I therefore resolved to leave off my solitary contemplations as much as possible, and rather to apply to people who make a profession of the Christian Religion, in hopes to be instructed and edified by them; but alas! seeking Christians, I found infidels; and as I could not shake off my comictions, it is easy to imagine what my feelings were. One evening, when I was about to retire to rest after having closely reflected on the same subject, a great an iety came upon me; I trembled in every linb, muwhole frame was shaken, and in this anguish I fell asleep. After about an hour's sleep, I awoke, and my terror was greater than before. I fell asleep again, and behold a poor man came towards me, with white handkerchief in his hand, called me by my name, and said, (wiping the drops of sweat froin my face) Wilt thou know me? where canst thou learn who lan but in the Holy Scriptures? Search in the Akedat and thou wilt find me. Search in the Prophets, I will help thee, and thou shalt and trutli. I was fast asleep, but cried so loud that all who slept in the same room, awoke and roused me from sleep. I rose immediately, meditated upon the passage oi the Akeda, and, ab! what rays of light shone upon this passage ! Now I saw it with open eyes, and comprehended it with divine clearness, that the Akeda was only a shadow of the crucifixion of Jesus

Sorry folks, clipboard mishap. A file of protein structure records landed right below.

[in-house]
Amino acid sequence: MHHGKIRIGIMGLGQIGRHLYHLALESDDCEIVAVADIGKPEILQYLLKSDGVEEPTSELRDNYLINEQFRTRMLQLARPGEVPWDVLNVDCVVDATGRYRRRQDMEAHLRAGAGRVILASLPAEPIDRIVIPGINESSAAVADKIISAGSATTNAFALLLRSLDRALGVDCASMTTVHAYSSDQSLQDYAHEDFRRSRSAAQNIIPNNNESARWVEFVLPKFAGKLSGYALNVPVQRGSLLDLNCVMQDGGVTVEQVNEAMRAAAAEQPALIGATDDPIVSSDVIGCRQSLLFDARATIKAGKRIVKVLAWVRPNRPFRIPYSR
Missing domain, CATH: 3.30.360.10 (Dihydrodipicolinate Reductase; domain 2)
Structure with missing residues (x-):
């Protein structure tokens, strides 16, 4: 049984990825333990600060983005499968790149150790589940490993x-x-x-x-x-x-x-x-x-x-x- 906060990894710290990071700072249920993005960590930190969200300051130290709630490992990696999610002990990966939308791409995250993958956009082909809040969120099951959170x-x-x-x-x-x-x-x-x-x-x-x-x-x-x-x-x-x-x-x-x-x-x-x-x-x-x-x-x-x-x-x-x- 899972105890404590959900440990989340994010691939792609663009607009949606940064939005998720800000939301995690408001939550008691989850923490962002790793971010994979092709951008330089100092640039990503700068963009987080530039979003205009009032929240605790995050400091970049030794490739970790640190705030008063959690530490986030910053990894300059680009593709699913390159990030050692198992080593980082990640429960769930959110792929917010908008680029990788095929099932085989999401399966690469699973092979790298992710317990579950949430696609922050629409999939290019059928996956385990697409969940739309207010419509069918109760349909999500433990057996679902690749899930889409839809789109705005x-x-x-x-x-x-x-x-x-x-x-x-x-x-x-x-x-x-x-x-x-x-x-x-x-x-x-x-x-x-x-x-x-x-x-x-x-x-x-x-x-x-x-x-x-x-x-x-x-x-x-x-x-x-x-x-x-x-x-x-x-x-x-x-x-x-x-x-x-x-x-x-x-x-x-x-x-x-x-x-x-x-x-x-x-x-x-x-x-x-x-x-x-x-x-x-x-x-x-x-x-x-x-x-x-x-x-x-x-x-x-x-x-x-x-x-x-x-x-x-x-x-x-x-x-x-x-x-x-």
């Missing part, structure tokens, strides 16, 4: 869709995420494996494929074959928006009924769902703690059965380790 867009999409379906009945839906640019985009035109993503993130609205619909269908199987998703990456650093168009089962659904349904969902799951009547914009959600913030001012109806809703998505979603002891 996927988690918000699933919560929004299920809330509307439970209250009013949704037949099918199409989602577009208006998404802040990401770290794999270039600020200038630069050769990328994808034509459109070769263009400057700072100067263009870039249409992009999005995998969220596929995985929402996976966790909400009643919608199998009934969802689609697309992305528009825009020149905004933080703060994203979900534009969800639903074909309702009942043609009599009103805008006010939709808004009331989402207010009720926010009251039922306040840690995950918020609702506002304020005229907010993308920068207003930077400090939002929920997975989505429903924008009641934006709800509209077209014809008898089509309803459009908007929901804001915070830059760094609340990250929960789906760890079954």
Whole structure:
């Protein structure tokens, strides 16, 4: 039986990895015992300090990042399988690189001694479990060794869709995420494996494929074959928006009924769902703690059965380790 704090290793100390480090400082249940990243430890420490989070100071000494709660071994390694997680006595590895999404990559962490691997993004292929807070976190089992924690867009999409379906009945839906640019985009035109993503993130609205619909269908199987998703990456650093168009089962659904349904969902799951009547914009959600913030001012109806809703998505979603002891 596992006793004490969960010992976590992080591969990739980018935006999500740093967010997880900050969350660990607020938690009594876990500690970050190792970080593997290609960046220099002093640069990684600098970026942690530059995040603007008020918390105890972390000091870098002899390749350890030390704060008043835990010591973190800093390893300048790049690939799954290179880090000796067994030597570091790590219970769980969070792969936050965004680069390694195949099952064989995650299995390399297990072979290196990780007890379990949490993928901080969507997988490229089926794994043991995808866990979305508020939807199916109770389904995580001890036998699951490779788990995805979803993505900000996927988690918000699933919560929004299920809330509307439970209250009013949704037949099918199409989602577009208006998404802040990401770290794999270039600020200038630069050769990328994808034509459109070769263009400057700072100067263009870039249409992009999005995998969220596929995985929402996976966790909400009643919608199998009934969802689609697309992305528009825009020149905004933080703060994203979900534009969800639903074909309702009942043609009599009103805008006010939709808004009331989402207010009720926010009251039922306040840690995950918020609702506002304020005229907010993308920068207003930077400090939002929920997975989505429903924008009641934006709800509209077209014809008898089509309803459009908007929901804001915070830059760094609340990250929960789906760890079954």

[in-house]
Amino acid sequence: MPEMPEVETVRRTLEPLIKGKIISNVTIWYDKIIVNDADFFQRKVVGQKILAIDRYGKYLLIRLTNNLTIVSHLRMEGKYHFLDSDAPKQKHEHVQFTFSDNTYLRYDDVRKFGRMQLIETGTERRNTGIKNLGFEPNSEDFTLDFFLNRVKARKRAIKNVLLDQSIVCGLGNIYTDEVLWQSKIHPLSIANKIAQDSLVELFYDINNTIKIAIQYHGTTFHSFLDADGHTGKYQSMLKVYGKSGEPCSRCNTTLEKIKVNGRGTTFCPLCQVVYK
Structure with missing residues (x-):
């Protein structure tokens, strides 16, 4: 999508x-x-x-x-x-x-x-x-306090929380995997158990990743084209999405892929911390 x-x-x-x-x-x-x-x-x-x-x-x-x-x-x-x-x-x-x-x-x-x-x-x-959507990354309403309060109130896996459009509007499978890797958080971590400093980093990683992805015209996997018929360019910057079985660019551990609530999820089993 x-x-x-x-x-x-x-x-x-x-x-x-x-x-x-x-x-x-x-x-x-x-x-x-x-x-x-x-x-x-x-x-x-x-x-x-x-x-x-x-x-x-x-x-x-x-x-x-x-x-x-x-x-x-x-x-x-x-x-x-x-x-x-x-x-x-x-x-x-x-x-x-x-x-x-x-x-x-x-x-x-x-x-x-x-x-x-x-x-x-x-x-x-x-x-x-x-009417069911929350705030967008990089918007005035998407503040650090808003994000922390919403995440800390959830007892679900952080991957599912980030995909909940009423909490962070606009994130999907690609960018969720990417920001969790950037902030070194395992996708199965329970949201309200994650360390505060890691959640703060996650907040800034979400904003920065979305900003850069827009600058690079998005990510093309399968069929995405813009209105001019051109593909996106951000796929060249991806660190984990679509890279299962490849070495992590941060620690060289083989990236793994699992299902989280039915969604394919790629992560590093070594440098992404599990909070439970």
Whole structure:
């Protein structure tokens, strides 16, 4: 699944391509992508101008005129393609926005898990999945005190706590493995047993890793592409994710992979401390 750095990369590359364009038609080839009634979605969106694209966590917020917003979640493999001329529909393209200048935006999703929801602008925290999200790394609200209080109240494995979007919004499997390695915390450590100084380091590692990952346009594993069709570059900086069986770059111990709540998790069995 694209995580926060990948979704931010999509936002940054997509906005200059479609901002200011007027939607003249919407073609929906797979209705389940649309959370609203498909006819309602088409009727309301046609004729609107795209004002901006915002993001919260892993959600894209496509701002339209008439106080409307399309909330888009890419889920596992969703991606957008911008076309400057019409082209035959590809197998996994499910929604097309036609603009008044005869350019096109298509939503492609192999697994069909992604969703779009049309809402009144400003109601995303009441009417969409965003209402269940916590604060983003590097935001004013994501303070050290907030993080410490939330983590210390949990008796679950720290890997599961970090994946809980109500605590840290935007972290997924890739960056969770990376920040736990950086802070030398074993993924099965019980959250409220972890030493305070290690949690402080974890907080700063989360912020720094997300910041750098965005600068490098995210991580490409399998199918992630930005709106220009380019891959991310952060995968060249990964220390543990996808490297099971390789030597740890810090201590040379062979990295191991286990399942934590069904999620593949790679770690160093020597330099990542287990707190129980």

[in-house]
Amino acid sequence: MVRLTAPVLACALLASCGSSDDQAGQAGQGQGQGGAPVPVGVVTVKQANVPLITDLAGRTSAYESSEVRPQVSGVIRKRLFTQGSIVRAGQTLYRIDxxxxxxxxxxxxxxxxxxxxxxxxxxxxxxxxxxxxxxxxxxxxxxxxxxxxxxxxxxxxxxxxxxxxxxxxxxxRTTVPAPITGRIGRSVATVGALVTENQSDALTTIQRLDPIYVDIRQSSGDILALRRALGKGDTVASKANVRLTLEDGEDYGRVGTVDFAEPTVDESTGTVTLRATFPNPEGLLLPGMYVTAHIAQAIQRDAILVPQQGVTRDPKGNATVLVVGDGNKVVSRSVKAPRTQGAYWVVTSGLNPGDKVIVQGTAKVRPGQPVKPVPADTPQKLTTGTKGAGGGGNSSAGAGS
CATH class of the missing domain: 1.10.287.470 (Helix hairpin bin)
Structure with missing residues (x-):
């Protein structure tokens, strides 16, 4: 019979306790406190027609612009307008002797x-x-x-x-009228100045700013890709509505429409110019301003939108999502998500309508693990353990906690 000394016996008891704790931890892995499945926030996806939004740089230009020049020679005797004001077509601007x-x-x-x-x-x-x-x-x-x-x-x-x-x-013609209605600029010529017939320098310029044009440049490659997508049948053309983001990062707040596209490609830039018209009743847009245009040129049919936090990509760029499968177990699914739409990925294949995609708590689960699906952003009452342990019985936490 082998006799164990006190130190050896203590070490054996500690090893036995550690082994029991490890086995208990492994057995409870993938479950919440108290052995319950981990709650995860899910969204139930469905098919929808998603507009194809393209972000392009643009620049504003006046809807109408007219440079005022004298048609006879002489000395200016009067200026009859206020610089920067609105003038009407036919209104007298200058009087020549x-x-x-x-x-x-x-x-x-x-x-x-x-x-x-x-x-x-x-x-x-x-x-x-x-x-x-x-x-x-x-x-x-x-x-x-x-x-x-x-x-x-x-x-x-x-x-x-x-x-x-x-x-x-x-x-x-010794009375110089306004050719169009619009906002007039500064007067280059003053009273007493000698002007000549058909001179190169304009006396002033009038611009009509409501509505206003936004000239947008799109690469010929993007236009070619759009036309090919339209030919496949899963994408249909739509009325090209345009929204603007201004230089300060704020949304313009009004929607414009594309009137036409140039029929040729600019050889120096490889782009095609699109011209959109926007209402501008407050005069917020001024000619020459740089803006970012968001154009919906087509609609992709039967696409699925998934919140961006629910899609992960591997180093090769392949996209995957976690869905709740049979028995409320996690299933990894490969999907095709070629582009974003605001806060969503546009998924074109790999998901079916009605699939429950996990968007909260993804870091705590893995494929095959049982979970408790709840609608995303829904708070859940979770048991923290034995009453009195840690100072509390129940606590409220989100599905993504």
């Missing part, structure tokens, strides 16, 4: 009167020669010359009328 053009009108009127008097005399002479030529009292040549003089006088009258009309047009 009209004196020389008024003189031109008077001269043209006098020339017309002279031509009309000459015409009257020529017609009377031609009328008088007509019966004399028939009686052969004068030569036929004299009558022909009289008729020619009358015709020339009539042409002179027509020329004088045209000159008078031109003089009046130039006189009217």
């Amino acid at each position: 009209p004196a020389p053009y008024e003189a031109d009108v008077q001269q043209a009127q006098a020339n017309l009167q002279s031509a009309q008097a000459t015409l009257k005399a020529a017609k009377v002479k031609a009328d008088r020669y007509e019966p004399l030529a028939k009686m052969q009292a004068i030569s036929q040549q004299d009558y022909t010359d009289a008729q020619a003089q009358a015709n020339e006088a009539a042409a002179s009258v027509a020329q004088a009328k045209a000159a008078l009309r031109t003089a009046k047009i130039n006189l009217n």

* The epithet oi opprobrium which the Jews universally apply to our Saviour-but more properly translated The Hanged One.

+ The Burnt Offering of Abraham

Christ. I did not omit in the morning to search in the prophets, and my joy was inexpressibly great when I found the clearest passages concerning the crucifixien.